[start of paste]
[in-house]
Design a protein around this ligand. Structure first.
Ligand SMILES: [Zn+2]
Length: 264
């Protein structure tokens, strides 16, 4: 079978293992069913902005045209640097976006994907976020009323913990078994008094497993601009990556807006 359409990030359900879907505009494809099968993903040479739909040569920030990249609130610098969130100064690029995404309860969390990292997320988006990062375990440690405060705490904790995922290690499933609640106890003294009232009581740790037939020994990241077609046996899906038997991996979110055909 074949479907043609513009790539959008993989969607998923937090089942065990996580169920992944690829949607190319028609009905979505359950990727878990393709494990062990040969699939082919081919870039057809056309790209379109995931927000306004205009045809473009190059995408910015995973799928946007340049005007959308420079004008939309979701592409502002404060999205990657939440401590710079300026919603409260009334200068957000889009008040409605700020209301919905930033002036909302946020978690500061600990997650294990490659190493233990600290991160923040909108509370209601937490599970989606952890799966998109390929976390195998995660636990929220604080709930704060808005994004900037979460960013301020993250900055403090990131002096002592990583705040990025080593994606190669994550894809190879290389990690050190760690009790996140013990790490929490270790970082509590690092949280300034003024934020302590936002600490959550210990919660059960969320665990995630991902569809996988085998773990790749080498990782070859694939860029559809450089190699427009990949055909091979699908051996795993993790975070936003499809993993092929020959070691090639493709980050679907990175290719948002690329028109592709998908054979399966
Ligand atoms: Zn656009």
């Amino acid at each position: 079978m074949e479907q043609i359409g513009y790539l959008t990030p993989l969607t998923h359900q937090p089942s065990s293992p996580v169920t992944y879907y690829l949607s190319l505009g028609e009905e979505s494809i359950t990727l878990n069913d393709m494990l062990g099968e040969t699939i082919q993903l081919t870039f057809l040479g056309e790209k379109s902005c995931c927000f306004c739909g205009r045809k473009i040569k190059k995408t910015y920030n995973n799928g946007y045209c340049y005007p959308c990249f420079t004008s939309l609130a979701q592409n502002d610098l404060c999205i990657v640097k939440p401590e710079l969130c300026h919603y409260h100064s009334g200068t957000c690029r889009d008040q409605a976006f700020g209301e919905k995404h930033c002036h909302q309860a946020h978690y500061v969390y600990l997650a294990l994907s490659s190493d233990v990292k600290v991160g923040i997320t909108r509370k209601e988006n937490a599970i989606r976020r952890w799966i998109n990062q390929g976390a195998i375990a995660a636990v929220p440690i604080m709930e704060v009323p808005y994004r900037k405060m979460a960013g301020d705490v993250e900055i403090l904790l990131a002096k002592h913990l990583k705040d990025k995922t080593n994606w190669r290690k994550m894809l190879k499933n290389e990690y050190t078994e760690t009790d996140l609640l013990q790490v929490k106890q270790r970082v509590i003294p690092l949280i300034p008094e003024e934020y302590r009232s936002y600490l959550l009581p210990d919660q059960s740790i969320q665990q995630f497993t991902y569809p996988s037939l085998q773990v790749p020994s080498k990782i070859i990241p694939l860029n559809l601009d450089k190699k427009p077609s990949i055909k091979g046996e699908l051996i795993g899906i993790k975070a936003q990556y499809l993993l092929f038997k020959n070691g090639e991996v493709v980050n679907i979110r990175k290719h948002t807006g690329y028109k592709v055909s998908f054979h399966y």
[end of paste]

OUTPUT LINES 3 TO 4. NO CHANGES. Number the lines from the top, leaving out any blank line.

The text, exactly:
Ligand SMILES: [Zn+2]
Length: 264